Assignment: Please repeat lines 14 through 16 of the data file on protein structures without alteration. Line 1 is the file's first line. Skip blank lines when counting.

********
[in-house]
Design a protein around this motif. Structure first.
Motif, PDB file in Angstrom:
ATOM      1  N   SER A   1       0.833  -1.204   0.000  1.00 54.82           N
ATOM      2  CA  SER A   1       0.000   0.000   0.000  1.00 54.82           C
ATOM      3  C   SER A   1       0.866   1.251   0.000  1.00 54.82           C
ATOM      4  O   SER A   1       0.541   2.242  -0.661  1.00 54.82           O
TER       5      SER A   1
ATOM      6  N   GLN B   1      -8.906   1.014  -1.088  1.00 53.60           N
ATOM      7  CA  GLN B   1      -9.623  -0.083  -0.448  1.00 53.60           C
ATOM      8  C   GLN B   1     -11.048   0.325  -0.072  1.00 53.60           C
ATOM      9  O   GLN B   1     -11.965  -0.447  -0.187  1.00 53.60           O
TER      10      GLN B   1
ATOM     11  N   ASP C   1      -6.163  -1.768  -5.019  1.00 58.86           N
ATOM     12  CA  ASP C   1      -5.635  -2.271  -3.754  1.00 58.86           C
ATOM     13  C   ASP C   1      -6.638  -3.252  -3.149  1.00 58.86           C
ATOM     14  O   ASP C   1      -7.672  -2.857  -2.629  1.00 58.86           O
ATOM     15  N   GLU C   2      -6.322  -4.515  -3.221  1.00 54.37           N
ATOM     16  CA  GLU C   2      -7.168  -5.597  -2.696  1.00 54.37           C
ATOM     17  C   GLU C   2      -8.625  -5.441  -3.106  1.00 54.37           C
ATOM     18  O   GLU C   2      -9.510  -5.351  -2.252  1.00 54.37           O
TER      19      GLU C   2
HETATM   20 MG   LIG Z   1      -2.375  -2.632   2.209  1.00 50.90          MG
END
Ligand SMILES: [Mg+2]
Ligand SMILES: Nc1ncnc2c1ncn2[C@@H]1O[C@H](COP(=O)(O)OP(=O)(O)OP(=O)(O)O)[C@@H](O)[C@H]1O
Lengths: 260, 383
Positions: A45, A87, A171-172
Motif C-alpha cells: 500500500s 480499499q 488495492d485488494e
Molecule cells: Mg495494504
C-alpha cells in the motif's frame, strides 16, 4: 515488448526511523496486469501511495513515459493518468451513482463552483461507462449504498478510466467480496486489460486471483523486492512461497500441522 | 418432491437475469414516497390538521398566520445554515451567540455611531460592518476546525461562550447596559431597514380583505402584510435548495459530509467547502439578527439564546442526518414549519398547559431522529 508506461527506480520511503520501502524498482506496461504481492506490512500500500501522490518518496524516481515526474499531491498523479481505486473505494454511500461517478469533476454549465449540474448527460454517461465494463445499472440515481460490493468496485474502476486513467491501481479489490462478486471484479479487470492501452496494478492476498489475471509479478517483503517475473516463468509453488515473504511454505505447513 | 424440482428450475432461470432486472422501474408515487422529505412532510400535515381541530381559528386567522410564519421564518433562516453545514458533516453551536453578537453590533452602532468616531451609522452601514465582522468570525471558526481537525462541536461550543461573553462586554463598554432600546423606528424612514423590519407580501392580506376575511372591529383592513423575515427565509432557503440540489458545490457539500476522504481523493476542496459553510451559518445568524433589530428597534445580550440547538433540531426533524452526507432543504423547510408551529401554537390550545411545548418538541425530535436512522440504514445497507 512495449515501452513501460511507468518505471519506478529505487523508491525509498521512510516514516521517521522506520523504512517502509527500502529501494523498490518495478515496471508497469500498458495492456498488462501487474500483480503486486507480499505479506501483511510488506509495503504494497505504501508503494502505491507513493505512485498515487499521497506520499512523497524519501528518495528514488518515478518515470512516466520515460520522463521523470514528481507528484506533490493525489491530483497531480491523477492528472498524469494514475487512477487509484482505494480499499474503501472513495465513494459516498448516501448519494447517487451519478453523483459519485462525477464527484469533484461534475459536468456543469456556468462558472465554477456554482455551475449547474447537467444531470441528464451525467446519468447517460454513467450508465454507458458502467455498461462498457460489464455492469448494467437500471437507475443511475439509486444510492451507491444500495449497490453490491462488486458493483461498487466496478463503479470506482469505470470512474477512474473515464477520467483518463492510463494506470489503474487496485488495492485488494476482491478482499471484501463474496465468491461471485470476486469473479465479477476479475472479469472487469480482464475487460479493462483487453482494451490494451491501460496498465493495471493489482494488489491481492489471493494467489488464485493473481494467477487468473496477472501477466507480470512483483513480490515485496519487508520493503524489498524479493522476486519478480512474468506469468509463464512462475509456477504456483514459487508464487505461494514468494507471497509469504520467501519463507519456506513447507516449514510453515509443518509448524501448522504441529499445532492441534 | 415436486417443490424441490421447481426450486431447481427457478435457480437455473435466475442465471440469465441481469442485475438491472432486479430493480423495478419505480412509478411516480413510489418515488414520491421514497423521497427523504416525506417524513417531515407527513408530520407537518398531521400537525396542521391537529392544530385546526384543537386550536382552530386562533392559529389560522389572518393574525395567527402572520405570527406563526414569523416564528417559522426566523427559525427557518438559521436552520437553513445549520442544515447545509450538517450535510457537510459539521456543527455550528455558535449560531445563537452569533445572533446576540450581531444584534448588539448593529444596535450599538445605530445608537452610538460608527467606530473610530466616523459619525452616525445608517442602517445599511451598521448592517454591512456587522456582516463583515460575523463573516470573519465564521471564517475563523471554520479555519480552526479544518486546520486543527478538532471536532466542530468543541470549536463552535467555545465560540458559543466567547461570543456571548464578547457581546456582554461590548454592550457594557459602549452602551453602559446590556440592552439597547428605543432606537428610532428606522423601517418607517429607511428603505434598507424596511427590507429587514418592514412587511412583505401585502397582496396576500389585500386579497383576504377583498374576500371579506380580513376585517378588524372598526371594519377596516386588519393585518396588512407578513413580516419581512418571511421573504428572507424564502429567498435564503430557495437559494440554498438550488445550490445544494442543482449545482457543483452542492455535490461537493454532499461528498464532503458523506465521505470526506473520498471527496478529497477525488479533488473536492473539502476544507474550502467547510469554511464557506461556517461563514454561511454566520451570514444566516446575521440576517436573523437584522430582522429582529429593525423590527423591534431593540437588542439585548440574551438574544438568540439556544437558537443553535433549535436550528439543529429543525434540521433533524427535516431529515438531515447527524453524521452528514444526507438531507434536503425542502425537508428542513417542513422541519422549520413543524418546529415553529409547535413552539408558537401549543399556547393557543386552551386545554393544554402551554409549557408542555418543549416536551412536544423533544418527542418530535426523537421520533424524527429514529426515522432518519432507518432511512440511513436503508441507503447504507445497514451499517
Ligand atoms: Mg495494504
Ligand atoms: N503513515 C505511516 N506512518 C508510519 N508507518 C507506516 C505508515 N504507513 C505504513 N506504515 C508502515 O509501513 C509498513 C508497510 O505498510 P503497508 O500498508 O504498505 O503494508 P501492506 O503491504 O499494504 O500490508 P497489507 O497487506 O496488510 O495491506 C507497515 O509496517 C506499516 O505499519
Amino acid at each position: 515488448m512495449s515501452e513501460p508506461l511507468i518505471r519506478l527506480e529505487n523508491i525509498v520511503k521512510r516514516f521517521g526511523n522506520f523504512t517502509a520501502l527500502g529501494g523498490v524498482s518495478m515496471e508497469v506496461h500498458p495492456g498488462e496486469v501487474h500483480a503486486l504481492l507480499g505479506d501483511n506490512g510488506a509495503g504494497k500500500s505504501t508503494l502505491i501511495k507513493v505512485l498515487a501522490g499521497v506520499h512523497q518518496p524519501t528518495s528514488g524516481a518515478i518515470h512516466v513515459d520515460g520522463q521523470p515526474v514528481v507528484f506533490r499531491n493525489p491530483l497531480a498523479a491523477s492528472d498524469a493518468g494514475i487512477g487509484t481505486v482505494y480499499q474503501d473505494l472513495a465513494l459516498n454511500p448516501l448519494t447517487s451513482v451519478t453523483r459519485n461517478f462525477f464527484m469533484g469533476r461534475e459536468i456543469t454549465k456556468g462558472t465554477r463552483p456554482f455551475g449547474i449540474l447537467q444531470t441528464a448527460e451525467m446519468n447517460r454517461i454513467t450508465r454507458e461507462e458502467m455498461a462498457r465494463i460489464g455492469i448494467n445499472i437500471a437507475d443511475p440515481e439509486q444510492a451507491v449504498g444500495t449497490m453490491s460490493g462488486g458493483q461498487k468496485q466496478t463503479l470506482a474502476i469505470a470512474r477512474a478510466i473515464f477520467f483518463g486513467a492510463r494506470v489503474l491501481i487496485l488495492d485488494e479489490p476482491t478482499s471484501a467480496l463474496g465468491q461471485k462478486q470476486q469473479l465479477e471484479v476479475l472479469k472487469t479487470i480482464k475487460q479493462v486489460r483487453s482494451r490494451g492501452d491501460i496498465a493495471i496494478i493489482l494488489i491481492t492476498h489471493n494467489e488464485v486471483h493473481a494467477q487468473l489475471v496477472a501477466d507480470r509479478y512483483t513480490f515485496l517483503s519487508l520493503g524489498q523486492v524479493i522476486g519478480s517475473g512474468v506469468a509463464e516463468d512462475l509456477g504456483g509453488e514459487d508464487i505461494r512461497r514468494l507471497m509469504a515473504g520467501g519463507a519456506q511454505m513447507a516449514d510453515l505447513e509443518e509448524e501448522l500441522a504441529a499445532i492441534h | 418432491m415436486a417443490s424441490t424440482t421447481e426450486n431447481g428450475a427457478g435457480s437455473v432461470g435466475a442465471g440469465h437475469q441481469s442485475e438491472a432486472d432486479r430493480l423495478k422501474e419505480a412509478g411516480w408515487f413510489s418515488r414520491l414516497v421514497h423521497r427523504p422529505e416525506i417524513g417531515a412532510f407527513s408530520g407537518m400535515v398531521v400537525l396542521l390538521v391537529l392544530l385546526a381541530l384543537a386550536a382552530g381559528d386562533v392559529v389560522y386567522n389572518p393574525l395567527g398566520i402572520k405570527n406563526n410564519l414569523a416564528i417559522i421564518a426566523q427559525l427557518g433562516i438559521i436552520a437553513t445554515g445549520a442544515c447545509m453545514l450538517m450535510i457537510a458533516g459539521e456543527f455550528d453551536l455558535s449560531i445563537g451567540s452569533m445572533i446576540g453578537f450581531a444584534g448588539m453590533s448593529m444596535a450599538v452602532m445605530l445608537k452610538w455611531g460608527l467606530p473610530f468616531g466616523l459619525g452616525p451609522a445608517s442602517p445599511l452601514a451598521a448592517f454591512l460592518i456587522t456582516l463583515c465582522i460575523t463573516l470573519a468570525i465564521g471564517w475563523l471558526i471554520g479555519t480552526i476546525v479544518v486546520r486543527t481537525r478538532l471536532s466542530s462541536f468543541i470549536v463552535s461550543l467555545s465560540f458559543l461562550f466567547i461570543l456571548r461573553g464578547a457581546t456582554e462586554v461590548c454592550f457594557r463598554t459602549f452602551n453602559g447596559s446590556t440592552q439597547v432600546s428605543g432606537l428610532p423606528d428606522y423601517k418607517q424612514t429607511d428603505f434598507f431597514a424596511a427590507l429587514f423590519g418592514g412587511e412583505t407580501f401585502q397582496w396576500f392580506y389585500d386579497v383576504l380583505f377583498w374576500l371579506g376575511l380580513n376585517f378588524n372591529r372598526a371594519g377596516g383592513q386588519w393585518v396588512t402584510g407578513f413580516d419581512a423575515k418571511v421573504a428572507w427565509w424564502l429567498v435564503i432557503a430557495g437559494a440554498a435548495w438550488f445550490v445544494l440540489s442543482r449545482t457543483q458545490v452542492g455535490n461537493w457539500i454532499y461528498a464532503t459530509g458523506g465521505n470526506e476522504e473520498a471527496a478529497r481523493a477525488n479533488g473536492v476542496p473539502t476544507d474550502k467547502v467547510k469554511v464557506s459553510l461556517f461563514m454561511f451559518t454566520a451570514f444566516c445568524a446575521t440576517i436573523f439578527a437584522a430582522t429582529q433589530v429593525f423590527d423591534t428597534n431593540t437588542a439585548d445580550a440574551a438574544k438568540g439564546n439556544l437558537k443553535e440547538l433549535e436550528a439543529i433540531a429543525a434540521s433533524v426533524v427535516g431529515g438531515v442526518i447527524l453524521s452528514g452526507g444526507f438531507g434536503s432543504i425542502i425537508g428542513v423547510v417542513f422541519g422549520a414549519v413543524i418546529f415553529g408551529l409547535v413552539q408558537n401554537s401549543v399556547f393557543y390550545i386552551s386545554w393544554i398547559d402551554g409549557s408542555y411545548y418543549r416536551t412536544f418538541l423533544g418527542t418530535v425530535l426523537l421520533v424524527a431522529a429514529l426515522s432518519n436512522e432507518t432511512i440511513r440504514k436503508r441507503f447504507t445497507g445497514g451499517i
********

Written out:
ATOM     11  N   ASP C   1      -6.163  -1.768  -5.019  1.00 58.86           N
ATOM     12  CA  ASP C   1      -5.635  -2.271  -3.754  1.00 58.86           C
ATOM     13  C   ASP C   1      -6.638  -3.252  -3.149  1.00 58.86           C